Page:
‘By God, I will not vote’: blind Kurd’s response to everyday discrimination

By Jegr Nathim:

Disabled people protest in Erbil, December 2013

Disabled people protest in Erbil, December 2013

Yesternight, my friend Ismail called me and in a broken tone told me that he is seriously thinking of committing suicide. Hearing this from my musician and fun-loving friend sent a shockwave through my entire body and moved me to tears of a bitter defeat. Like most of his fellow humans, he and a girl have fallen in love but, because he is blind, the girl’s family has refused to give him the object of his love in marriage. Thrice he has asked for her hand but to no avail. “I wish there was something that I could do about it, but what I can do?” Ismail said. “I wish her family judged me not on my condition but, as Martin Luther King said in his ‘I have a dream’ speech, on the content of my character.”

This is a common problem but not the only dilemma facing blind and other disabled people in Kurdistan. Being at the periphery of society, they have fallen victim to the widespread misconceptions and stereotypical images which the governing and the governed equally hold about them. “I sometimes wonder if Stevie Wonder, or David Blunket or Ray Charles or Jorge Luis Borges were born here, what would have happened to them? I think like me, they would have been considered curses on their families by their parents,” says Goran, who wanted to be a software engineer but was denied entry to the scientific lessons in his high school because of his condition.

One of the few blessings of blindness is that appearances cannot work their sometime deceitful magic on you! For all its claims of prosperity and being the oasis of calm in an Iraq  gripped by violence and sectarianism, Kurdistan is one of the most miserable, lawless places to live in, especially for blind people who are leading a Darwinian struggle to survive. Let me tell you some more of their stories. As a blind woman, my sister faces a double discrimination in her life. When she was a child, my family played Plato’s philosopher-king on her by prohibiting her from going to school because was a blind girl, and even her appearance in society could bring shame on her noble family! So she grew up illiterate but, after screen readers became available, I taught her English and she is now reading about Alice Munro’s dear life. When I explained her situation to the Kurdistan Regional Government’s (KRG’s) minister of education and told him of her desire to go to college, he said, “Why should a blind woman study?”

Even those blind people like me who are lucky enough to go to college, will find not one accessible textbook and have to rely on their classmates to interpret the textbooks for them and, after graduation, their chances of finding meaningful employment is very, very nil. The most dangerous form of discrimination against the disabled here is a legal one. I am a graduate of law school and, according to article 35 of the judicial authority regulation act, both in Iraq and Kurdistan, I cannot become a judge or a prosecutor, simply because I am blind. Nor can a blind person be even a hearing witness in any lawsuit, including those in which he is a litigant. Our appeal to some parliamentarians to amend such discriminatory articles went unnoticed. Despite the enacting of the disability rights legislation by parliament in 2011, not a single article of its 22 articles has been implemented until now. When the bodyguards of our eminent prime minister so heroically quelled a demonstration of the disabled – which was demanding the implementation of the aforementioned legislation – on 3rd December 2013, and dumped them outside Erbil, KRG spokesman Safeen Dizayee told me: “We will not implement this unrealistic law which is prepared by some ignorant parliamentarians.”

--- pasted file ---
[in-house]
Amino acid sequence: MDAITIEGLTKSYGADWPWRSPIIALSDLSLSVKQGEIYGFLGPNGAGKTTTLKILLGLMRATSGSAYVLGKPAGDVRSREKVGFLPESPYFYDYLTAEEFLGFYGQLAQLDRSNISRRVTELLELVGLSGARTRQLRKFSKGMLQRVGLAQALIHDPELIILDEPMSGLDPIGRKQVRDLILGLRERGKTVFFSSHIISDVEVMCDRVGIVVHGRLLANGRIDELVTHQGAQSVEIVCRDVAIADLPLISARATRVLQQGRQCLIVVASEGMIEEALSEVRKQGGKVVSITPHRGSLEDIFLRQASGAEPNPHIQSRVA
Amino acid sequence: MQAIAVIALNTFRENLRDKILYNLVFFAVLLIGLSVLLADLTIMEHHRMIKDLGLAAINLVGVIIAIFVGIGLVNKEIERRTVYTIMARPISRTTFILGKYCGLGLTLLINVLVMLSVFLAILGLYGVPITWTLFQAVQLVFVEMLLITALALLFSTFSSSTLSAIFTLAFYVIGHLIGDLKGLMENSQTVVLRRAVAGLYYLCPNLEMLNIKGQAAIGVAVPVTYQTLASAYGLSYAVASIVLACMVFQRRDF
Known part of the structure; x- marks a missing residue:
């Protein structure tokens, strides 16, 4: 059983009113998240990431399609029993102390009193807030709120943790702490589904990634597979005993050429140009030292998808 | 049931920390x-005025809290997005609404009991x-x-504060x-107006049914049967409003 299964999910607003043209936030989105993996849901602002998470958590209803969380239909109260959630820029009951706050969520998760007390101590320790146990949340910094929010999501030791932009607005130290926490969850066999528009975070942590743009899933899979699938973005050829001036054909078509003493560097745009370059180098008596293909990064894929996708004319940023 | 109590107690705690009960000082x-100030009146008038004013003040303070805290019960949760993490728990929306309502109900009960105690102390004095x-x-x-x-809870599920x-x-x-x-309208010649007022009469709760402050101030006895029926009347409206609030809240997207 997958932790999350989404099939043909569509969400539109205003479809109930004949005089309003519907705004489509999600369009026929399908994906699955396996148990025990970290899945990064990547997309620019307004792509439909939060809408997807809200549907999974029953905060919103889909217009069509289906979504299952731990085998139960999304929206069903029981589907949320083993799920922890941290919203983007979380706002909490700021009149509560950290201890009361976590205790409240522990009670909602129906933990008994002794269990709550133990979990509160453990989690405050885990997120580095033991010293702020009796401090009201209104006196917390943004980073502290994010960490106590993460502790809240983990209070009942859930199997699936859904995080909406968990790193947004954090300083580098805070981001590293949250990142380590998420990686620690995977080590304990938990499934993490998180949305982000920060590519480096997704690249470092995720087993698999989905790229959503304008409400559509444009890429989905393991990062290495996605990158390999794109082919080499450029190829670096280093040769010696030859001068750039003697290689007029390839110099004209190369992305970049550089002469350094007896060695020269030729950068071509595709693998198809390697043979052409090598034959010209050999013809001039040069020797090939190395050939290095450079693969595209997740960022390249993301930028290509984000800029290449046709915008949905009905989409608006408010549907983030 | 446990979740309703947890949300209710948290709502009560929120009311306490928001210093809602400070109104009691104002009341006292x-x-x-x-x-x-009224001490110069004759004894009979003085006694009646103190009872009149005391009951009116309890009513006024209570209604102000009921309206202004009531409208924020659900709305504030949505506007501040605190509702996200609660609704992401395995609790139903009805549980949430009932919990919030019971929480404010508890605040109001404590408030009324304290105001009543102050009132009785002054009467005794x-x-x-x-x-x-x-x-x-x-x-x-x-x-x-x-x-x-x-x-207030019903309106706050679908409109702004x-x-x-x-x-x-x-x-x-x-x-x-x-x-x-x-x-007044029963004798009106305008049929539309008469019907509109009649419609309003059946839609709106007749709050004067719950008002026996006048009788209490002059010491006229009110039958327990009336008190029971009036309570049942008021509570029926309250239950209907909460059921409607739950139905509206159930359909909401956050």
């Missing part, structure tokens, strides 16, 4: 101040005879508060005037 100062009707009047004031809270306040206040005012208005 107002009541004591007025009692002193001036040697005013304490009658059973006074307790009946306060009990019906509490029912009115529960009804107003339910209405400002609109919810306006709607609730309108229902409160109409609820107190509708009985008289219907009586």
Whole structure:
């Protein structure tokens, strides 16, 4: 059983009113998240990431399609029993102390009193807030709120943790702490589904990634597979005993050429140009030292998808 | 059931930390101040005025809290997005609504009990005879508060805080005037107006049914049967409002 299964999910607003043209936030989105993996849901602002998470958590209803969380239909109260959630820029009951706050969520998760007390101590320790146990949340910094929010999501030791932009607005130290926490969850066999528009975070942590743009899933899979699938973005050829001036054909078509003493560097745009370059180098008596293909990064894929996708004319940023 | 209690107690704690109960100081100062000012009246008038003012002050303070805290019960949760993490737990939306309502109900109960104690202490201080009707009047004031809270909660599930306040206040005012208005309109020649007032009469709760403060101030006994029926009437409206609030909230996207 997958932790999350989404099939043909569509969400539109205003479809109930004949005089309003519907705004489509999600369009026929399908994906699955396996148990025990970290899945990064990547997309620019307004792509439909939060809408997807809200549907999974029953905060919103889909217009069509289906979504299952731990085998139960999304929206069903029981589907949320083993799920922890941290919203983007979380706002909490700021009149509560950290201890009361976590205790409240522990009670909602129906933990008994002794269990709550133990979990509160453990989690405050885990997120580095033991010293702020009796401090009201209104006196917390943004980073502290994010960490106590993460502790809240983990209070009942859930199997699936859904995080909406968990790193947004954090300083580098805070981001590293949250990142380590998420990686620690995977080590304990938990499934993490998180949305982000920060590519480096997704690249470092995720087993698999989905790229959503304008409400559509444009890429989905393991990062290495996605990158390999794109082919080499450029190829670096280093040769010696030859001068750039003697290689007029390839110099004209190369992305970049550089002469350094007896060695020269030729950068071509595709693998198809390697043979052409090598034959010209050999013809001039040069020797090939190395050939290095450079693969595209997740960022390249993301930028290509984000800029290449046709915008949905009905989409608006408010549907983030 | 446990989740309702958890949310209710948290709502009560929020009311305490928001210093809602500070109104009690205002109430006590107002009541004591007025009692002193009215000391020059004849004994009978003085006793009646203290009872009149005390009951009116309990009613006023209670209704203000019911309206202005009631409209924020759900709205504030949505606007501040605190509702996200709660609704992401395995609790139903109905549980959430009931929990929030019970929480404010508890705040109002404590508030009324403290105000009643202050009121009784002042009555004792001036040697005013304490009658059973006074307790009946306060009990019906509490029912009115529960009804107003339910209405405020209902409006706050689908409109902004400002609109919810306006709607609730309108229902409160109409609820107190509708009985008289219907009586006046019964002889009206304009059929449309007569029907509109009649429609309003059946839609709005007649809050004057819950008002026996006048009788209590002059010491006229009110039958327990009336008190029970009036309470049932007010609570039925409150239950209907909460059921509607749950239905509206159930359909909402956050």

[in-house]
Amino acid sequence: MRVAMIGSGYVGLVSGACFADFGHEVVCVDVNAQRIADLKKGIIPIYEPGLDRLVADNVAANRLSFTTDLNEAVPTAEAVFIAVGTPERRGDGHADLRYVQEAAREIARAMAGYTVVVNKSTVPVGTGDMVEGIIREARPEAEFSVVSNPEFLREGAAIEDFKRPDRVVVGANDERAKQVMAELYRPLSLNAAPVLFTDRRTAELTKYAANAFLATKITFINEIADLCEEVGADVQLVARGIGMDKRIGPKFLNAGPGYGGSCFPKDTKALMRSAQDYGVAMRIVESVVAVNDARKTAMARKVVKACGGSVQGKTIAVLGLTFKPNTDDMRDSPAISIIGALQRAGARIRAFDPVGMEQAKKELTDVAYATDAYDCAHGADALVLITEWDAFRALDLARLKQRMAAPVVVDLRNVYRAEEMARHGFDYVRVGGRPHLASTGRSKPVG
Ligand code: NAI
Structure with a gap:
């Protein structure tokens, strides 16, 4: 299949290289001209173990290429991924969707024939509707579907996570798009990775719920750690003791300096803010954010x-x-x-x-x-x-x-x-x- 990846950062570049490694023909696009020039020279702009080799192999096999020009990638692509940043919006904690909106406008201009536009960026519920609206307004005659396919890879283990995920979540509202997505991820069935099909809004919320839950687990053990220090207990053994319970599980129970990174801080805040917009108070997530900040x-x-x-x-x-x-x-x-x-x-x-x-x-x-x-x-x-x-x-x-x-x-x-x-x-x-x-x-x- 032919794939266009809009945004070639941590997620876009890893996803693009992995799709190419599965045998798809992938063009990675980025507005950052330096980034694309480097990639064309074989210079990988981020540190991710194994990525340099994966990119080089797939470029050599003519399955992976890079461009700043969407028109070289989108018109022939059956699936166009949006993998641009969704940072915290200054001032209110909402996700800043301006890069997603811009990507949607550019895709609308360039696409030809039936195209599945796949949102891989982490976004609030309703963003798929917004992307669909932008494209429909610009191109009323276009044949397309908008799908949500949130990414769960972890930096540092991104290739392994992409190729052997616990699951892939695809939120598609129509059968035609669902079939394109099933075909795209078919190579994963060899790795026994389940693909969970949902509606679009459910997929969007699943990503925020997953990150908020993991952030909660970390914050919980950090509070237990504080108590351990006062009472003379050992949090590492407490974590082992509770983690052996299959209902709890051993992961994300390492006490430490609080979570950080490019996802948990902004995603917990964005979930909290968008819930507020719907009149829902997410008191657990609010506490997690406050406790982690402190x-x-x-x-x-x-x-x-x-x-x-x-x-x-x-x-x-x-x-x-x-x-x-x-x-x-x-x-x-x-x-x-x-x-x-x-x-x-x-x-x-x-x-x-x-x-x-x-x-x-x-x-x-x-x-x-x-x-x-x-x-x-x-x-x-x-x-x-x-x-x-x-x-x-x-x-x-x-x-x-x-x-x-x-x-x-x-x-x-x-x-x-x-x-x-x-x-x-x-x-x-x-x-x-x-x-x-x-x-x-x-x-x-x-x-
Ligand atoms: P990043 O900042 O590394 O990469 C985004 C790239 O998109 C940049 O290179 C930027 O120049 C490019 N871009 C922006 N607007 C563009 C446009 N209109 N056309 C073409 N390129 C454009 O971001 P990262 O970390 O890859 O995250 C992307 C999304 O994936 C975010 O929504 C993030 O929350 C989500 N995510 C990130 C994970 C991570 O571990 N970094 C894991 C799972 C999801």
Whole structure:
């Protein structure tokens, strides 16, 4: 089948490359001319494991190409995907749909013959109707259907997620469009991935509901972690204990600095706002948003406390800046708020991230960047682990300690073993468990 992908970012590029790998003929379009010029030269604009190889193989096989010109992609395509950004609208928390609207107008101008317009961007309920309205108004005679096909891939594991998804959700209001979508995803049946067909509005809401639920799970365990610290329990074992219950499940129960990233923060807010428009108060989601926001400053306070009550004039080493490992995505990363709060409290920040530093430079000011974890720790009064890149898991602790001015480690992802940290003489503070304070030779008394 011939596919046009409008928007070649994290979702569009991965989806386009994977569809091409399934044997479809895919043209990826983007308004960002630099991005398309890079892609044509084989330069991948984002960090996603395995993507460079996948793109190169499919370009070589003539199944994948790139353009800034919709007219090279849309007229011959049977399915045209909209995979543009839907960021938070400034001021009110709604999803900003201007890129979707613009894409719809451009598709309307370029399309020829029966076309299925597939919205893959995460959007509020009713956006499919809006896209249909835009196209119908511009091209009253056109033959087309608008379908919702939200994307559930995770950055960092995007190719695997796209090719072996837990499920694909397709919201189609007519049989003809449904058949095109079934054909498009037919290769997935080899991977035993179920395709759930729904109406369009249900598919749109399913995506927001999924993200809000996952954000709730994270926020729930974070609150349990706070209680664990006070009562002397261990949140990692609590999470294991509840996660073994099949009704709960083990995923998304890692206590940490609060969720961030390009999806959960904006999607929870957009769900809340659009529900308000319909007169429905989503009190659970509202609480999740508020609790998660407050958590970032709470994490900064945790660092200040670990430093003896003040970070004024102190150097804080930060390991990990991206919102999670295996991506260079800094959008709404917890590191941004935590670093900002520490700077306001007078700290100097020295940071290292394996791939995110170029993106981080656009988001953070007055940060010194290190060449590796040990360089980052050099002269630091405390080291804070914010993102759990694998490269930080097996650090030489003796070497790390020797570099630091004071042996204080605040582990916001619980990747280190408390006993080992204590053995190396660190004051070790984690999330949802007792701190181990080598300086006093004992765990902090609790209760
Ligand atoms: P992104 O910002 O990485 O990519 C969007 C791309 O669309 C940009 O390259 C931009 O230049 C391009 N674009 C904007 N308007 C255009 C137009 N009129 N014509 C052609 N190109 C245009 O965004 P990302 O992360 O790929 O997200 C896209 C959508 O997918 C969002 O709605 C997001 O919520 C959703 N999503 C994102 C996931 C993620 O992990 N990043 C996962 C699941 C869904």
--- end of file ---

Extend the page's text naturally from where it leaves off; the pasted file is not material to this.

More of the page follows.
A few months ago, thanks to the greed of a member of our royal family, my small investment collapsed and I had to look for a job. Among those I tried to work with was basnews. After they tested my translation skills from Kurdish to English via a link which they had sent to me and told me it was “brilliant,” they interviewed me. However, seeing that I was blind, they started to find excuses, saying, “We can pay you only 400 USD and this is nothing compared to your immense talents, so we advise you to find somewhere else.” I am not going to tell you about my other job interviews, which included two oil companies, an English language teaching center and a famous website all of which, of course, didn’t go better than the basnews one, but I only want to ask this question, the answer to which terrifies me every day. What if I haven’t been from an affluent family? Should I have become a beggar, even with my law degree? I asked Ismail whether he will vote. “No, by God I will not! Because nothing will change for me,” he said.

Jegr Nathim:  Born in 1988 and living in Hawler, he graduated from Salahaddin University’s law college (“where they taught us for four years how not to think!”) last year. Occasionally he writes book reviews for ‘Lvin’ magazine and articles for ‘Awene’ newspaper.

One Response to ‘By God, I will not vote’: blind Kurd’s response to everyday discrimination
  1. kurd
    April 27, 2014 | 18:33

    I sympathy for your Mr.Ismail ‘s friend and your sister, I have cried to their unpleasant stories for several minutes…
    And then you should tell them whisper with Friedrich Nietzsche:

    And when one giveth the blind man eyes, then doth he see too many bad things on the earth: so that he curseth him who healed him

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